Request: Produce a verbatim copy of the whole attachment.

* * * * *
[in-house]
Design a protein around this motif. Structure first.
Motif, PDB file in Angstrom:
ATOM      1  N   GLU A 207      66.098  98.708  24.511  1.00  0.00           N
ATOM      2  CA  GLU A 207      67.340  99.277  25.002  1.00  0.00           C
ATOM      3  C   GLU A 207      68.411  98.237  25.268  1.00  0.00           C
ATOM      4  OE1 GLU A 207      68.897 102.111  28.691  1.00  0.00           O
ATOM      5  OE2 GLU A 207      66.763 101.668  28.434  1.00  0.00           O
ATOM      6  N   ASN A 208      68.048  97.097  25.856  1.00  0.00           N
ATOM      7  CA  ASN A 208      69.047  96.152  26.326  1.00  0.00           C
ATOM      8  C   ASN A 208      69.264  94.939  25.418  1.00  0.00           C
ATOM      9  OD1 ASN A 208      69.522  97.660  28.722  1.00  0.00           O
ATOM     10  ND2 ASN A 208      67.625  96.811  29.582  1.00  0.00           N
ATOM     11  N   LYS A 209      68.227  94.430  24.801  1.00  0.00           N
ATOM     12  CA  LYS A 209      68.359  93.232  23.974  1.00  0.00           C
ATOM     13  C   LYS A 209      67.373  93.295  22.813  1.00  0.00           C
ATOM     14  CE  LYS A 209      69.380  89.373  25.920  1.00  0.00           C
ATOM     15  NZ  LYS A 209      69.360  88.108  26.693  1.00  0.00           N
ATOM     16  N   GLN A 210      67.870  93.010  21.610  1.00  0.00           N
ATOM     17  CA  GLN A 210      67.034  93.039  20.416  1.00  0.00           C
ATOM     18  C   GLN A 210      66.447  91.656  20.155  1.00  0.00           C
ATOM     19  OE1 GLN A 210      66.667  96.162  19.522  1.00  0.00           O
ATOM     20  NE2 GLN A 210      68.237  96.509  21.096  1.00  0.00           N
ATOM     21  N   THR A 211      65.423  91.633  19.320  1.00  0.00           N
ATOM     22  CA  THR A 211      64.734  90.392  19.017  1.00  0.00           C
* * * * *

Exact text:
[in-house]
Design a protein around this motif. Structure first.
Motif, PDB file in Angstrom:
ATOM      1  N   GLU A 207      66.098  98.708  24.511  1.00  0.00           N
ATOM      2  CA  GLU A 207      67.340  99.277  25.002  1.00  0.00           C
ATOM      3  C   GLU A 207      68.411  98.237  25.268  1.00  0.00           C
ATOM      4  OE1 GLU A 207      68.897 102.111  28.691  1.00  0.00           O
ATOM      5  OE2 GLU A 207      66.763 101.668  28.434  1.00  0.00           O
ATOM      6  N   ASN A 208      68.048  97.097  25.856  1.00  0.00           N
ATOM      7  CA  ASN A 208      69.047  96.152  26.326  1.00  0.00           C
ATOM      8  C   ASN A 208      69.264  94.939  25.418  1.00  0.00           C
ATOM      9  OD1 ASN A 208      69.522  97.660  28.722  1.00  0.00           O
ATOM     10  ND2 ASN A 208      67.625  96.811  29.582  1.00  0.00           N
ATOM     11  N   LYS A 209      68.227  94.430  24.801  1.00  0.00           N
ATOM     12  CA  LYS A 209      68.359  93.232  23.974  1.00  0.00           C
ATOM     13  C   LYS A 209      67.373  93.295  22.813  1.00  0.00           C
ATOM     14  CE  LYS A 209      69.380  89.373  25.920  1.00  0.00           C
ATOM     15  NZ  LYS A 209      69.360  88.108  26.693  1.00  0.00           N
ATOM     16  N   GLN A 210      67.870  93.010  21.610  1.00  0.00           N
ATOM     17  CA  GLN A 210      67.034  93.039  20.416  1.00  0.00           C
ATOM     18  C   GLN A 210      66.447  91.656  20.155  1.00  0.00           C
ATOM     19  OE1 GLN A 210      66.667  96.162  19.522  1.00  0.00           O
ATOM     20  NE2 GLN A 210      68.237  96.509  21.096  1.00  0.00           N
ATOM     21  N   THR A 211      65.423  91.633  19.320  1.00  0.00           N
ATOM     22  CA  THR A 211      64.734  90.392  19.017  1.00  0.00           C